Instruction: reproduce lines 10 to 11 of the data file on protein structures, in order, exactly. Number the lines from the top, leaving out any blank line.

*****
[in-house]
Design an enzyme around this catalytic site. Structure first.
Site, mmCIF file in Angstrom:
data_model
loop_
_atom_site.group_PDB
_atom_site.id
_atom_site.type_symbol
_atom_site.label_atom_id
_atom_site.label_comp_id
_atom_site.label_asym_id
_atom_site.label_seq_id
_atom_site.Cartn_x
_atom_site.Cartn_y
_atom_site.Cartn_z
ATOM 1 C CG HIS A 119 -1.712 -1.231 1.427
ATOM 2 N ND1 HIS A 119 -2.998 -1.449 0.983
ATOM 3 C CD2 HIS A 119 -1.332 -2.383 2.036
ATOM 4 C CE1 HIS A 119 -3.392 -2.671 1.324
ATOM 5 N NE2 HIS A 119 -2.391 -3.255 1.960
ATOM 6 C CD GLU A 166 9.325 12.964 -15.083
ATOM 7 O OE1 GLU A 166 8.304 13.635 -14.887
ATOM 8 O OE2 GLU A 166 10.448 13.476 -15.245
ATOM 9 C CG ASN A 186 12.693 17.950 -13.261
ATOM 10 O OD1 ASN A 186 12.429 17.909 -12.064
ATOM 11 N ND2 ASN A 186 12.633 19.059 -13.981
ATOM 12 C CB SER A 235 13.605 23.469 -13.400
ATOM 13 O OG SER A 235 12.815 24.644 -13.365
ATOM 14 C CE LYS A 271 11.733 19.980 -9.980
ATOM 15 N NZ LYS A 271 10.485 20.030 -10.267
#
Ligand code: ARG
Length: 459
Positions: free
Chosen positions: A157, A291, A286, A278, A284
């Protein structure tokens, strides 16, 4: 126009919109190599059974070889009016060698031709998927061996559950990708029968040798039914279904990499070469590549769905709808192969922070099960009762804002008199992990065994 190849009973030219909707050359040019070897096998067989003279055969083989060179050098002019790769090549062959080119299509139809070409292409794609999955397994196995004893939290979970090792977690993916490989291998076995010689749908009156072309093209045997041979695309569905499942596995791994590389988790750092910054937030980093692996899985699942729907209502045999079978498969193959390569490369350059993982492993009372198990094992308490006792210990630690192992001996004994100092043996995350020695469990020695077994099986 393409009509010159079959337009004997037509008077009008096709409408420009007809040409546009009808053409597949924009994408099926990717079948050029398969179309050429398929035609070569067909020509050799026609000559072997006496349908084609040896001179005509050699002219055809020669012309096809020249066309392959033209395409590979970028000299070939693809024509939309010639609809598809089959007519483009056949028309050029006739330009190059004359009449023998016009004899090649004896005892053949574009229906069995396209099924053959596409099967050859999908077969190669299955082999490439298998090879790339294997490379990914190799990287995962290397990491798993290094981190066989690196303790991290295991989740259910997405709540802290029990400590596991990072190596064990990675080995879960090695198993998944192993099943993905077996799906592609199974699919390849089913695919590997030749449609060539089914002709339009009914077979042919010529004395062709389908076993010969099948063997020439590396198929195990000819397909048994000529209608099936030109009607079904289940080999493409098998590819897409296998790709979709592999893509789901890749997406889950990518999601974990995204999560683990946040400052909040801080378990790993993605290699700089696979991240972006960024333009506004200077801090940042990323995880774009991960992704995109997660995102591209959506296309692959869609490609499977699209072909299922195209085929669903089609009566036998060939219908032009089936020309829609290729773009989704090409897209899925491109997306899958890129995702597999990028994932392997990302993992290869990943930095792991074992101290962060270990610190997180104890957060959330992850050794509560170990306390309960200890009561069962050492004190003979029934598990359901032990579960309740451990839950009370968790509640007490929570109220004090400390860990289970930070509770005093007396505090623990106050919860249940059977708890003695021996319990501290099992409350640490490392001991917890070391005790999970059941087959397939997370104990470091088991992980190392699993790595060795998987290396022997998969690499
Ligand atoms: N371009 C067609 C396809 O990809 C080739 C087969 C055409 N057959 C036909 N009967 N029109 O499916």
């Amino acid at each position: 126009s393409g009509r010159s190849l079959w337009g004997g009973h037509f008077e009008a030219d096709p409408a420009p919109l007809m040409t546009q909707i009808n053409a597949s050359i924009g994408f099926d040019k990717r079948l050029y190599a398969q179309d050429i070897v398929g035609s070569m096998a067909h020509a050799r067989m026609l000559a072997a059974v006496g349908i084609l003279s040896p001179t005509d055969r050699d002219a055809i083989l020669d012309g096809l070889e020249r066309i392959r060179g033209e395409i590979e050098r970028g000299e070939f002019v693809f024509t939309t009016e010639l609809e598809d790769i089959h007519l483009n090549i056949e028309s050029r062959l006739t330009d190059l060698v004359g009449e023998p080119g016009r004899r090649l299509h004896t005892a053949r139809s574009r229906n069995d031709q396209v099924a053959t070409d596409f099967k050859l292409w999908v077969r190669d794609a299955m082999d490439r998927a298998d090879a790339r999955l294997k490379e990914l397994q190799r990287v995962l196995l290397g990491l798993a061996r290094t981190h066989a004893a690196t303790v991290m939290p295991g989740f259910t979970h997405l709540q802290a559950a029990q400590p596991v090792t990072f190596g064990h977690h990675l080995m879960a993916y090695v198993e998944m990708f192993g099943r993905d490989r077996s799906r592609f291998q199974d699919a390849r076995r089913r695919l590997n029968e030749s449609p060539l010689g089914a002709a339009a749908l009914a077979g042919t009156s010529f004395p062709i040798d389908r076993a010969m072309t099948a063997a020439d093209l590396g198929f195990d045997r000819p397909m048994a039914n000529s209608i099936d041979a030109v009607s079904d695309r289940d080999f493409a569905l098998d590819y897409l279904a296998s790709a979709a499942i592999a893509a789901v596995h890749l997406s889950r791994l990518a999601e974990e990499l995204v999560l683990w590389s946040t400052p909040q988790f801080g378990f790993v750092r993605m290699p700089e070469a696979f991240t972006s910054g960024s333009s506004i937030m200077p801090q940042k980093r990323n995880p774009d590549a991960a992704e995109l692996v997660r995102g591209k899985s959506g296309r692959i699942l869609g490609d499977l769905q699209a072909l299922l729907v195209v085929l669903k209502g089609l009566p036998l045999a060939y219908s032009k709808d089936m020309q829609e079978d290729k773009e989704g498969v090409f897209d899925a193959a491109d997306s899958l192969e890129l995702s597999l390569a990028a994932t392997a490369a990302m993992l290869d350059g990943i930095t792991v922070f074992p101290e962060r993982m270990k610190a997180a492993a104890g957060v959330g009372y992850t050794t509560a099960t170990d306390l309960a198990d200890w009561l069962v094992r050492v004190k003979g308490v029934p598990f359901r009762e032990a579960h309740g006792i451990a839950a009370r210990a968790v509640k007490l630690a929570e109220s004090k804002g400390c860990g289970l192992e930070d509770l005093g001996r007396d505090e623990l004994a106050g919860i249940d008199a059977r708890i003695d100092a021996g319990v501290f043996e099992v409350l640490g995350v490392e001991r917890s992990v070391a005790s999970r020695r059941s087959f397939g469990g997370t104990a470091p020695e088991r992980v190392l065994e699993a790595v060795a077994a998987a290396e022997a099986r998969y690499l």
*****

_atom_site.label_comp_id
_atom_site.label_asym_id